Managing links to manufacturing
Altium has also introduced new technologies that help designers manage the process of getting a product from design through to manufacture.
When designers prepare a design to go to manufacture, they produce a large number of files in various formats for different groups of people in the manufacturing chain. Typically, the information comes from a variety of sources: schematic documents, PCB files, bills of materials, component data, FPGA and software source and object files, reports from the design process, and so on. Some people need printouts, while others require PDFs of the same documents.
Generating the correct documents is a time-consuming process in itself. Mistakes, or changes not carried through this process, can be costly in both time and money.
With this new release, Altium has strengthened support for version control of all design files. New technology has been introduced to create and track document histories within the design environment. Altium Designer now centralizes the definition and generation of output files to allow simpler processing of outputs. And documents can be created in a variety of formats, most notably as smart PDFs and in online formats.
These features also link to Altium's 3D PCB design environment, which aids the path to manufacture by letting designers visually check their designs before they generate the manufacturing files.
A new Design Release Manager provides a Wizard-style interface for managing the entire process of releasing a design to people beyond the design team. It provides a central control panel for creating all the various output files in the various formats, and distributing them to the people that need them. The Design Release Manager can also take a 'snapshot' of designs so that designers can retrieve, modify and re-release the design, complete with the correct file dependencies. Multiple releases can be created for a design, providing a complete and traceable release history for the project.
New manufacturing rules have been added at the PCB layout stage in Altium Designer that help prevent common manufacturing issues becoming design problems. A range of constraints can now be checked in real-time during the design process and before the fabrication of files, helping avoid unnecessary design re-spins and getting to market faster.
New field dashboard for FPGA-based instruments
Altium has introduced a stand-alone instrument dashboard for FPGAs which helps overcome some of the challenges of testing or remotely monitoring designs inside programmable devices.
Altium's LiveDesign protocol now provides the opportunity for designers to create, build and explore instruments inside FPGAs as part of the application. The new instrument dashboard lets designers stimulate and probe their design live inside the device.
The new instrument dashboard can be downloaded and installed on any PC, without having to run a full license of Altium Designer. The remote dashboard interacts with the instruments programmed inside the FPGA by the designer, so that users can now test or service the device, or look to add advanced services to the product once it's in the field.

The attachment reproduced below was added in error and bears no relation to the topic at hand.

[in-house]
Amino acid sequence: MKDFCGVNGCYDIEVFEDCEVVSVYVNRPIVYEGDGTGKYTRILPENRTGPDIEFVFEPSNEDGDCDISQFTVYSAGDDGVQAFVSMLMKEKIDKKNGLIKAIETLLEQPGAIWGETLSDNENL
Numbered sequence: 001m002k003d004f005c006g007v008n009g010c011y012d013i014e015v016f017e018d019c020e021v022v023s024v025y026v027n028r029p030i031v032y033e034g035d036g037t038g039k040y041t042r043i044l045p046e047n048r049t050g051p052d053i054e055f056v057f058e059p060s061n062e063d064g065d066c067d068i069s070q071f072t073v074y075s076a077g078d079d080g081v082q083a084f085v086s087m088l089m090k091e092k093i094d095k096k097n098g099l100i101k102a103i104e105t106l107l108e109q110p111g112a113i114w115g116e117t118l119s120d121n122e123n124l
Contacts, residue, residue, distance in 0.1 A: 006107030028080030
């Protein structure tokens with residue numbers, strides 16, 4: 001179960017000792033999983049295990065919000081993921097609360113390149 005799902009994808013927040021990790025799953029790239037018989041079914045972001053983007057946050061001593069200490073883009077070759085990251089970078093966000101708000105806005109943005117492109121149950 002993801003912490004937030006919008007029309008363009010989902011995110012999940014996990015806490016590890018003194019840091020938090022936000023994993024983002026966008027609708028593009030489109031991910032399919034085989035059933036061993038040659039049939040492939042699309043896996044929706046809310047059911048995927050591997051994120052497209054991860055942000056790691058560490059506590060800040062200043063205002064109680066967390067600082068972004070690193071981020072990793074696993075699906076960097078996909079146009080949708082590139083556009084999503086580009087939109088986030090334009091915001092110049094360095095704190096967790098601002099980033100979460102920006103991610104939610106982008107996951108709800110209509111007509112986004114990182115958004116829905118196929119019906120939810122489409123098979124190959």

New Plug-n-Play Software Platform Builder
Altium is also introducing the concept of a Plug-n-Play Software Platform Builder in this new release of Altium Designer.
Together with Altium's NanoBoard reconfigurable hardware development platform, designers can more easily 'snap' together the basic software platforms needed to run on the hardware. This covers the design elements common to many electronic designs: the peripherals, the communications, and the associated protocols and drivers needed to make these basic design elements work (which come with the NanoBoard).
This essentially reduces the task of creating these basic, but necessary, software blocks to one of dragging and dropping preconfigured software blocks into a design, freeing the designer to focus on creating the application (the 'smarts' of the product) itself. This new feature supports the drivers and software protocols for the peripherals on its NanoBoard development platform.
Andreas Stckli, engineer at Astrol Electronic AG, said, "Most of the time I am a hardware designer and I don't really like the task of searching for and integrating drivers for components. With the new software plug and play platform provided in Altium Designer, I can start my software applications very quickly and easily. I've already created a new software project including all drivers around my hardware in less than one afternoon. This is a huge improvement – my first attempt took me more than three days."
The new winter 09 release of Altium Designer is now available.
View the videos at www.altium.com/winter09...
...visit Altium's new user community Wiki at http://wiki.altium.com...
...or visit www.altium.com to book a web demo or to contact your nearest Altium sales center.